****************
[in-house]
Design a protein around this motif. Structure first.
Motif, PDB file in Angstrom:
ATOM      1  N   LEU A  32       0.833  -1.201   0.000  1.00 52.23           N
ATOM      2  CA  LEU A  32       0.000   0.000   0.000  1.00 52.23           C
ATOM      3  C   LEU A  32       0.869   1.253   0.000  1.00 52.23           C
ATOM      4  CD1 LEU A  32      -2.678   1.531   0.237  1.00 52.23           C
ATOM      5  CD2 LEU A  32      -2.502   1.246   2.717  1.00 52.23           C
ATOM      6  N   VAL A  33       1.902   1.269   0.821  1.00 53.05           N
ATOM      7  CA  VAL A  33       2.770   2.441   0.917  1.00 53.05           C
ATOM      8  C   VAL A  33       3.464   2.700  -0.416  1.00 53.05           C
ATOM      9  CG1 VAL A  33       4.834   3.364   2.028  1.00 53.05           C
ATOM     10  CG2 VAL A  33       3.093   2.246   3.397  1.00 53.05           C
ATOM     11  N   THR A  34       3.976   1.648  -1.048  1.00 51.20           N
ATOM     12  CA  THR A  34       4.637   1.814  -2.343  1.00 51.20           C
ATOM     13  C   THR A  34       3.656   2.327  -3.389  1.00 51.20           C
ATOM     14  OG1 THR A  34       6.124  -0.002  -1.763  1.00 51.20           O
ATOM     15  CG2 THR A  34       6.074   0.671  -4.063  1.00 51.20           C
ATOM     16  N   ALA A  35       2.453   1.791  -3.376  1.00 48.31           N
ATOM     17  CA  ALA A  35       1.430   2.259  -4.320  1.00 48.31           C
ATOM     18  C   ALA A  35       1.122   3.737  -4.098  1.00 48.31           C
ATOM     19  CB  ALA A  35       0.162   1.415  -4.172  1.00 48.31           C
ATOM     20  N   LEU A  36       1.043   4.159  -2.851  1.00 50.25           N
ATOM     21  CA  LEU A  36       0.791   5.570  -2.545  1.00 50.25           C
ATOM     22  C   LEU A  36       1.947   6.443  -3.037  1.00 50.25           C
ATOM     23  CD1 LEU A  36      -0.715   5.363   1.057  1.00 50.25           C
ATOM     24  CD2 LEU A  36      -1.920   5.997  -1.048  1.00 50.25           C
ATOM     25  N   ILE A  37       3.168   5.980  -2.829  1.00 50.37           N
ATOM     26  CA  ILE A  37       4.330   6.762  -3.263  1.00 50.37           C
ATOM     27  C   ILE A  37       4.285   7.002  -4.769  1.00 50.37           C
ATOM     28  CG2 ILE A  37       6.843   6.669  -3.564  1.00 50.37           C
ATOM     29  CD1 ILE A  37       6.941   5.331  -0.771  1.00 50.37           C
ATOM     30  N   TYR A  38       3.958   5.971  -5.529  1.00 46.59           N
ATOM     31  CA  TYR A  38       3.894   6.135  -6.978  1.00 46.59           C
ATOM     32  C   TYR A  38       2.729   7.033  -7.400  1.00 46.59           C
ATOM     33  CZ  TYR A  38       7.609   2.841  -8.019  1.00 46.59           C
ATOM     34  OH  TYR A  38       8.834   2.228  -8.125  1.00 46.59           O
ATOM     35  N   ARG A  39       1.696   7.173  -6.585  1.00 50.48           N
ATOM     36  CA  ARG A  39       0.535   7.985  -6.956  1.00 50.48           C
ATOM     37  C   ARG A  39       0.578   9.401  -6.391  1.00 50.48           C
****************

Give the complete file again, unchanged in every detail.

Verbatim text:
[in-house]
Design a protein around this motif. Structure first.
Motif, PDB file in Angstrom:
ATOM      1  N   LEU A  32       0.833  -1.201   0.000  1.00 52.23           N
ATOM      2  CA  LEU A  32       0.000   0.000   0.000  1.00 52.23           C
ATOM      3  C   LEU A  32       0.869   1.253   0.000  1.00 52.23           C
ATOM      4  CD1 LEU A  32      -2.678   1.531   0.237  1.00 52.23           C
ATOM      5  CD2 LEU A  32      -2.502   1.246   2.717  1.00 52.23           C
ATOM      6  N   VAL A  33       1.902   1.269   0.821  1.00 53.05           N
ATOM      7  CA  VAL A  33       2.770   2.441   0.917  1.00 53.05           C
ATOM      8  C   VAL A  33       3.464   2.700  -0.416  1.00 53.05           C
ATOM      9  CG1 VAL A  33       4.834   3.364   2.028  1.00 53.05           C
ATOM     10  CG2 VAL A  33       3.093   2.246   3.397  1.00 53.05           C
ATOM     11  N   THR A  34       3.976   1.648  -1.048  1.00 51.20           N
ATOM     12  CA  THR A  34       4.637   1.814  -2.343  1.00 51.20           C
ATOM     13  C   THR A  34       3.656   2.327  -3.389  1.00 51.20           C
ATOM     14  OG1 THR A  34       6.124  -0.002  -1.763  1.00 51.20           O
ATOM     15  CG2 THR A  34       6.074   0.671  -4.063  1.00 51.20           C
ATOM     16  N   ALA A  35       2.453   1.791  -3.376  1.00 48.31           N
ATOM     17  CA  ALA A  35       1.430   2.259  -4.320  1.00 48.31           C
ATOM     18  C   ALA A  35       1.122   3.737  -4.098  1.00 48.31           C
ATOM     19  CB  ALA A  35       0.162   1.415  -4.172  1.00 48.31           C
ATOM     20  N   LEU A  36       1.043   4.159  -2.851  1.00 50.25           N
ATOM     21  CA  LEU A  36       0.791   5.570  -2.545  1.00 50.25           C
ATOM     22  C   LEU A  36       1.947   6.443  -3.037  1.00 50.25           C
ATOM     23  CD1 LEU A  36      -0.715   5.363   1.057  1.00 50.25           C
ATOM     24  CD2 LEU A  36      -1.920   5.997  -1.048  1.00 50.25           C
ATOM     25  N   ILE A  37       3.168   5.980  -2.829  1.00 50.37           N
ATOM     26  CA  ILE A  37       4.330   6.762  -3.263  1.00 50.37           C
ATOM     27  C   ILE A  37       4.285   7.002  -4.769  1.00 50.37           C
ATOM     28  CG2 ILE A  37       6.843   6.669  -3.564  1.00 50.37           C
ATOM     29  CD1 ILE A  37       6.941   5.331  -0.771  1.00 50.37           C
ATOM     30  N   TYR A  38       3.958   5.971  -5.529  1.00 46.59           N
ATOM     31  CA  TYR A  38       3.894   6.135  -6.978  1.00 46.59           C
ATOM     32  C   TYR A  38       2.729   7.033  -7.400  1.00 46.59           C
ATOM     33  CZ  TYR A  38       7.609   2.841  -8.019  1.00 46.59           C
ATOM     34  OH  TYR A  38       8.834   2.228  -8.125  1.00 46.59           O
ATOM     35  N   ARG A  39       1.696   7.173  -6.585  1.00 50.48           N
ATOM     36  CA  ARG A  39       0.535   7.985  -6.956  1.00 50.48           C
ATOM     37  C   ARG A  39       0.578   9.401  -6.391  1.00 50.48           C